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Lawmakers Debate How To Attract More Renewable Energy In Mass.

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Wind Turbines in Gloucester

Massachusetts lawmakers are debating whether to increase the amount utility companies pay of their annual electricity sales from renewable sources to the state. 

Massachusetts and 29 other states, including the entire Northeast, have a policy on Renewable Portfolio Standards. RPSs are a way for the clean energy market to gauge state interest and support for renewable energy development.

Massachusetts’ RPS is 11 percent, and is expected to increase 1 percent a year – reaching 25 percent by 2030.

Renewable energy proponents, like Williamstown Selectwoman Anne O’Connor, say that’s not high enough.

“It’s is pretty clear that the 1 percent increase was good in the beginning but now we are slowly sliding behind other states with it, which means that this type of renewable energy project with end up being built somewhere else rather than in Massachusetts,” O’Connor says. “Our goal is really to get to 50 percent by 2030.”

O’Connor spoke in support of raising the RPS at a September hearing convened by the state’s Joint Committee on Environment, Natural Resources and Agriculture in Boston.

“Massachusetts passed a Global Warming Solutions Act in 2008, and there are many targets in there that we should be trying to meet to reduce our impact on global warming,” O’Connor says. “This legislation is an important piece of that.”

If the RPS was changed to 50 percent, the Northeast Clean Energy Council says residential ratepayers would see an increase of 15 cents to $2 per month.

Seeking cost savings, many municipalities, including Lanesborough, Cheshire and Pittsfield, have undertaken initiatives this year to build renewable energy projects.

“In Williamstown, we have just completed our municipal solar array,” O’Connor says.

That will come online this month, but O’Connor says it almost didn’t happen after a substation upgrade was needed on behalf of the utility company.

House Environmental Committee Chair Smitty Pignatelli says utility companies are the main opposition.

“Well their pushback is always that they think it is going to cost too much money,” Pignatelli says. “I’m of the belief that they’re the utility company. They should be ahead of these things. Sadly, they don’t do that and that’s why I think we have to force it to happen.”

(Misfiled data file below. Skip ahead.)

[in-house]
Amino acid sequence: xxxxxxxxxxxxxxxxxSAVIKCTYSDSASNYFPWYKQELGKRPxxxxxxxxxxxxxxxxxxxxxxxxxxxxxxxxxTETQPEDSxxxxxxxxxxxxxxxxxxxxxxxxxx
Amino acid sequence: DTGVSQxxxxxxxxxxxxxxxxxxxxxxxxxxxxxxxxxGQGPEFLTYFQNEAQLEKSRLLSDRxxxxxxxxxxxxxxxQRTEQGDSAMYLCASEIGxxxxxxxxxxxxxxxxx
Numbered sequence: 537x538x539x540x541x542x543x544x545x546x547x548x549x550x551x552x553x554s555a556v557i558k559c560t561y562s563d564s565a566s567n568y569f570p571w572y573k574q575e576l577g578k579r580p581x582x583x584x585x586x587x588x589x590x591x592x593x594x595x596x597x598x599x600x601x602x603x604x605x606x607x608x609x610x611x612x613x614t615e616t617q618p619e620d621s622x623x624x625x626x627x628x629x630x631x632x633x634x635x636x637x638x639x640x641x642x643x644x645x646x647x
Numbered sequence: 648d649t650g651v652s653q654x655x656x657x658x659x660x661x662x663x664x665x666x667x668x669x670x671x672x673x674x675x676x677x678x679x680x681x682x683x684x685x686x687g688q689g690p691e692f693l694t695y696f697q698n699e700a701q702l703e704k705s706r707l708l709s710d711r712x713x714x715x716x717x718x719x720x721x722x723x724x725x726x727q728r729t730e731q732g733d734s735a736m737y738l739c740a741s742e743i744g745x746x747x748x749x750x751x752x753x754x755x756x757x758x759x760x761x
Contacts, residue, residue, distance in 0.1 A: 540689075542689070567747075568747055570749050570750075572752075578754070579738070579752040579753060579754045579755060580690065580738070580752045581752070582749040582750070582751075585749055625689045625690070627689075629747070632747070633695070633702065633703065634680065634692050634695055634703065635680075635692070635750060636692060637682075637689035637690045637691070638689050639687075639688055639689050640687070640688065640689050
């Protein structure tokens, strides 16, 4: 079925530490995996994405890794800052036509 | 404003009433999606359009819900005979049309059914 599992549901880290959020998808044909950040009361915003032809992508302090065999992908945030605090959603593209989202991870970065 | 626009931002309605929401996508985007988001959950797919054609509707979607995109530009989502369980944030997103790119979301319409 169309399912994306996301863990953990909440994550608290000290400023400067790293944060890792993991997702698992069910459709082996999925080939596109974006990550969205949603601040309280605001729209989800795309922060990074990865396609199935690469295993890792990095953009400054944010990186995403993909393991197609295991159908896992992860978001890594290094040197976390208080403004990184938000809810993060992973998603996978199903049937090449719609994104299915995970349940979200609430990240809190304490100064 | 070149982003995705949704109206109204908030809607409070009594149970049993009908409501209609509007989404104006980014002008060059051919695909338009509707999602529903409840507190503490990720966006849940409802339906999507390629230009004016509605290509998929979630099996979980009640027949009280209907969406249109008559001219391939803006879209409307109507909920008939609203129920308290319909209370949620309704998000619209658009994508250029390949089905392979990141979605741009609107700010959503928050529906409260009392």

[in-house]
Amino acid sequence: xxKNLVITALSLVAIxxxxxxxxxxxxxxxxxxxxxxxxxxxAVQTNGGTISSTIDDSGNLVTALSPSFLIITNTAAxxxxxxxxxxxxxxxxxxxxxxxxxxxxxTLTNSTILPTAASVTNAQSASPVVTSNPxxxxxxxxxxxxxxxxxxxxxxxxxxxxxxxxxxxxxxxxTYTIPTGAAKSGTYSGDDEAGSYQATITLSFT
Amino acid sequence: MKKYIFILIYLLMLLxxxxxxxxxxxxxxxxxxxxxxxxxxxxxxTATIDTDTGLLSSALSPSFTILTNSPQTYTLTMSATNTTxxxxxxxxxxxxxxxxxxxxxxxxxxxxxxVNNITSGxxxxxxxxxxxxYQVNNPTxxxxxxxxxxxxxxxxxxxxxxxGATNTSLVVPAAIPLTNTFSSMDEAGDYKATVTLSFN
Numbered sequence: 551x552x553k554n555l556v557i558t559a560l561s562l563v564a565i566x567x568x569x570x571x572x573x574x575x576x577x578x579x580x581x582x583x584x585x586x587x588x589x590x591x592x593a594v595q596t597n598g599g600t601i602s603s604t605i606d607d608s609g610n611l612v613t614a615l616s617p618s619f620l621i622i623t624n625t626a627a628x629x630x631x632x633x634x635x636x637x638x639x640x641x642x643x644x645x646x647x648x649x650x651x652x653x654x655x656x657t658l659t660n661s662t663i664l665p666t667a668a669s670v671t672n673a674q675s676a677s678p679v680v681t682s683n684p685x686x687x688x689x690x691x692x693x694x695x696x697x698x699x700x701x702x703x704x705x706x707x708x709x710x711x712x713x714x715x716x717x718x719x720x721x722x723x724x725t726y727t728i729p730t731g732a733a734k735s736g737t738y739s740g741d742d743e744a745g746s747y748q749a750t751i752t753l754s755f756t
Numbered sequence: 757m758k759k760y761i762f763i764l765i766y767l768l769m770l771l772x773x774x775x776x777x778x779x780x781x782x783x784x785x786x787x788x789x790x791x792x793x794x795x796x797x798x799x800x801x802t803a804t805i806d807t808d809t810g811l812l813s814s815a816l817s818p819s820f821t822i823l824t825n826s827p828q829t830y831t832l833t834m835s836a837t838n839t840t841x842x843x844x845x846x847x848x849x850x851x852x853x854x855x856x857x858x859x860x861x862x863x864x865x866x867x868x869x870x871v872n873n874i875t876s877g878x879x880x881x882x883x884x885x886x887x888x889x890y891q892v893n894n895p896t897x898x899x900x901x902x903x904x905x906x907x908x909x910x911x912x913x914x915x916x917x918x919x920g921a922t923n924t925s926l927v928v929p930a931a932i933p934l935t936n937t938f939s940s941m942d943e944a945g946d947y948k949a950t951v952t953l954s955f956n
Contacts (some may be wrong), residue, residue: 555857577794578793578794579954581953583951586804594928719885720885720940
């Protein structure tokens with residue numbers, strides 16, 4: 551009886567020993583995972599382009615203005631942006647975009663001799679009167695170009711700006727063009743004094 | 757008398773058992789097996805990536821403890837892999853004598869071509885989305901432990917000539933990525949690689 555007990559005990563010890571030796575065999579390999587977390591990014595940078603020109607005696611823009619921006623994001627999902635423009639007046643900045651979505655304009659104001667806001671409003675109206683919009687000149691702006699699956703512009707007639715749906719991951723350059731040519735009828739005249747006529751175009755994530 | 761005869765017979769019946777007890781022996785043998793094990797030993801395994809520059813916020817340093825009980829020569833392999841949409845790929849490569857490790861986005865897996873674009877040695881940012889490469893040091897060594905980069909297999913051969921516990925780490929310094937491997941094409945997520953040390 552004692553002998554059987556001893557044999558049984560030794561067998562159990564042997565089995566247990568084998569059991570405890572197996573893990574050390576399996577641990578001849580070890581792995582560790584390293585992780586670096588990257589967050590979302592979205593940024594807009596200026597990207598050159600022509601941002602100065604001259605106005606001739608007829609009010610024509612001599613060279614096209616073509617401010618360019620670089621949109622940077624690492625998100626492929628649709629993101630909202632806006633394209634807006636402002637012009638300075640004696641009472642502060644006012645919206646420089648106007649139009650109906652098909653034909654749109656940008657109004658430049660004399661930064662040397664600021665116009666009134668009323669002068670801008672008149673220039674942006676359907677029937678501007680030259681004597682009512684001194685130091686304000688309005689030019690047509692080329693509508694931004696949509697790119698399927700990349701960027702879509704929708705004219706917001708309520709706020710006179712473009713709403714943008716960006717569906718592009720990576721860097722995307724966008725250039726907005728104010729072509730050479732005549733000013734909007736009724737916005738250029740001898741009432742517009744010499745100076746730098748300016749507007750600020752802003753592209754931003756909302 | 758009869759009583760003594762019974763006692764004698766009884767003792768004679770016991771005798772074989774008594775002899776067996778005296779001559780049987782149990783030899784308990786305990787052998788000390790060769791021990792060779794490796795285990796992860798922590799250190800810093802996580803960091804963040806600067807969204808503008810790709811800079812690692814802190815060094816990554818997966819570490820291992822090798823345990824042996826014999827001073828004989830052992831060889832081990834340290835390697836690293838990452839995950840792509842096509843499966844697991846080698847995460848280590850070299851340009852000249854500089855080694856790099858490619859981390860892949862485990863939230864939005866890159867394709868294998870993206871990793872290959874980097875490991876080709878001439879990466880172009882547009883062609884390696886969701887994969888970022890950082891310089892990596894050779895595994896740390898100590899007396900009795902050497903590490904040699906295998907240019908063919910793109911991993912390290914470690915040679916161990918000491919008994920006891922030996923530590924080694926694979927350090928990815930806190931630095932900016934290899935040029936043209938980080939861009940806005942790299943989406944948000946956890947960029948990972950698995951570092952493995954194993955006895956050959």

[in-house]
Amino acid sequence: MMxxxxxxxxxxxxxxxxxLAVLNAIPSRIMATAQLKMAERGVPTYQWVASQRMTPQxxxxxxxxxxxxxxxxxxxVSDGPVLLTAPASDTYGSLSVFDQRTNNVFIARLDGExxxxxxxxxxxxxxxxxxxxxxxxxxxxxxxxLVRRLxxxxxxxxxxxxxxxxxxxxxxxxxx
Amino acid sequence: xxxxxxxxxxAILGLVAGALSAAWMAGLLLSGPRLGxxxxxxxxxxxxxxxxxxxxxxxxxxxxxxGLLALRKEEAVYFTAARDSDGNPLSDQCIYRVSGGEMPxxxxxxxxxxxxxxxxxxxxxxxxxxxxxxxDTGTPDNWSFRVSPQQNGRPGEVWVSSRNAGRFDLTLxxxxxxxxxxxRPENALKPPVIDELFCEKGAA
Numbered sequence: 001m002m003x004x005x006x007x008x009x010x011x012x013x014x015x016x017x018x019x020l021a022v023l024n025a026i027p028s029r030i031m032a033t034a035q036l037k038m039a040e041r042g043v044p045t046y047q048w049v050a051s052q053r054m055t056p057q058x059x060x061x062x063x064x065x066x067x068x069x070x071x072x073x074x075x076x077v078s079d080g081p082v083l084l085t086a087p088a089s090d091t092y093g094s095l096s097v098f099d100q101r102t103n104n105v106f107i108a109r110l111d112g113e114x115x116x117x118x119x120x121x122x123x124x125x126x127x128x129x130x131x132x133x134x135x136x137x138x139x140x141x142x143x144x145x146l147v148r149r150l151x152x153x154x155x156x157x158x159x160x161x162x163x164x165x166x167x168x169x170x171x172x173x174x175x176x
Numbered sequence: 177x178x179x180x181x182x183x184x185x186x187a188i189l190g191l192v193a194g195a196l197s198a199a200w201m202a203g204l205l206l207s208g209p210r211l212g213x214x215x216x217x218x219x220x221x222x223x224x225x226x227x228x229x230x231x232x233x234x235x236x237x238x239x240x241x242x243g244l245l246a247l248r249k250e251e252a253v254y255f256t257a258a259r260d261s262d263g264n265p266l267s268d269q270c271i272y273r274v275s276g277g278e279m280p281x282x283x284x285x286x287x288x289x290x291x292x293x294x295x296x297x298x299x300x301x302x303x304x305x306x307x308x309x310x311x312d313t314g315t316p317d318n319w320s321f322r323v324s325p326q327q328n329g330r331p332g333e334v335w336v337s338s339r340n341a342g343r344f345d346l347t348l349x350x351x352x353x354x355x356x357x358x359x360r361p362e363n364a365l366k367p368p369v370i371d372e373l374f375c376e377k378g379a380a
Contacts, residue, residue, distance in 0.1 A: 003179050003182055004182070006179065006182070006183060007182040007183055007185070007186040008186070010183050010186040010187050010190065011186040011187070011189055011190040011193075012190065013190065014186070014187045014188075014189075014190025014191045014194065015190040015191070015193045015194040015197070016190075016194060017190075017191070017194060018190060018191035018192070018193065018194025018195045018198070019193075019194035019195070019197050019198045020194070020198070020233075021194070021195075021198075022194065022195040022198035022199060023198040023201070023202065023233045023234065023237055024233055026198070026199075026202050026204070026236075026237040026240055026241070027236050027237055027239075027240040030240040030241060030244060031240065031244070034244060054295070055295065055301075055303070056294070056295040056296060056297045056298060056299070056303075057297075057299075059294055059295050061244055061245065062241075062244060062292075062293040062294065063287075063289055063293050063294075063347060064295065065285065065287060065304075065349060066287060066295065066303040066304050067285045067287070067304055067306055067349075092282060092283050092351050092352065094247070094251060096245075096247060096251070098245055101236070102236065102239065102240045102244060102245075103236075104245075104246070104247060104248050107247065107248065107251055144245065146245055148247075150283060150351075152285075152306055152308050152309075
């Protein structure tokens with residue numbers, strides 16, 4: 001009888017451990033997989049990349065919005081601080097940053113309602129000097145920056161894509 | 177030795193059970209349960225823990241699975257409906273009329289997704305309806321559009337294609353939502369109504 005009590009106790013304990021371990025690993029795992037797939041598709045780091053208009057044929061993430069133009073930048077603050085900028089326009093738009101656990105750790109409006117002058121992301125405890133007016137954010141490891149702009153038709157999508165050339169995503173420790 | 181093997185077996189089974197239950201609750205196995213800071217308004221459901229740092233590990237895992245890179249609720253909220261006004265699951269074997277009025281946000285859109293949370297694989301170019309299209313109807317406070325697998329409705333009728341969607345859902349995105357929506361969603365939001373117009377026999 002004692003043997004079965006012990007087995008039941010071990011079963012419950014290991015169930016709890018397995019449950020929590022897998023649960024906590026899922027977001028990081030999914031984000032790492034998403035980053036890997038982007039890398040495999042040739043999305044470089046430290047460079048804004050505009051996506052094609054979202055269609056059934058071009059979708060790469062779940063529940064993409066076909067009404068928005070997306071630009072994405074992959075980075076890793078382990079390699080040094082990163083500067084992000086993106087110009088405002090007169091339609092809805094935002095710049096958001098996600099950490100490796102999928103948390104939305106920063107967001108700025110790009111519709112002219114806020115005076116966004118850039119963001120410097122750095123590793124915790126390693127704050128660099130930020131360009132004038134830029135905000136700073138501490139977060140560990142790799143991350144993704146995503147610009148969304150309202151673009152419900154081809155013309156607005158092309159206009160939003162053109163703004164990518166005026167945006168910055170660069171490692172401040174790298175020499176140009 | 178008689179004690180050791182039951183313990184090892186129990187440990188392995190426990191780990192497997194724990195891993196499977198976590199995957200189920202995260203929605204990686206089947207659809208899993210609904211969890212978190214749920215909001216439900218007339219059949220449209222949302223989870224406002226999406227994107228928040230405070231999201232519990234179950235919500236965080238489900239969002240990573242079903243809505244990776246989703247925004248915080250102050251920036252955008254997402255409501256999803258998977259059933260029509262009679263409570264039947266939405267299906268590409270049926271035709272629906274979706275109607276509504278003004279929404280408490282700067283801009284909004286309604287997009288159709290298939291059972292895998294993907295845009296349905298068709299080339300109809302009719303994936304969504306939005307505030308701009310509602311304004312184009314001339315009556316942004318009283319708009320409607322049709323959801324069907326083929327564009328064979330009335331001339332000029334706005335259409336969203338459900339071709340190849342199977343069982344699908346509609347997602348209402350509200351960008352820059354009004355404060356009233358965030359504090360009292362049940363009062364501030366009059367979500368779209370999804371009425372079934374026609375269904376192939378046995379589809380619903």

In a 2016 sustainability report, Eversource says it could see Massachusetts reaching 33.4 percent by 2030. Priscilla Ress is a spokeswoman for Eversource.

“We support renewable energy and, at the same time, believe we must be mindful of its costs to customers,” Ress says.

Pignatelli says reaching 50 percent by 2030 is not feasible.

“There is going to be some middle ground,” Pignatelli says. “We have to be aware of the utilities’ concerns and fairness to them.”

Residents in Savoy, Florida and Cape Cod have expressed concerns about renewable energy projects like wind turbines and solar arrays: the carbon footprint of installation, the power they generate, and the impact on nearby property values and health.  

While those issues are being looked at, Pignatelli says the state can attract more energy resources and reduce wholesale electricity prices and greenhouse gas emissions with a higher RPS.

“But we also see an economic development opportunity and job creation,” Pignatelli says. “So I think there is great opportunities to turn our economy around by upping our Renewable Portfolio Standards.”

Clean energy employs more than 105,000 workers in the state. Massachusetts is tied with California as the most energy-efficient state.

“I think there’s a view from business that would look at Massachusetts very different, and I think in a positive way to say ‘Hey, these guys are thinking forward, they are ahead of the game, they are trying to find ways to control the high cost of energy in a state that so heavily relies on natural gas. We can’t have these arguments about, against pipelines if you are not willing to invest in the other areas to try to find Renewable Portfolio energies,” Pignatelli says. “So I think there is a unique balance we need to find.”

Pignatelli says he hopes the committee will have a report sent to the legislature by the Thanksgiving break. But…

“We are doing a lot of catchup, because the committee hasn’t really done much for three or four months,” Pignatelli says.

The Democratic State Representative from the 4th Berkshire District took over the committee after 1st Berkshire District Representative Gailanne Cariddi died in June.

All committee recommendations need to be made to the legislature by February 10th.

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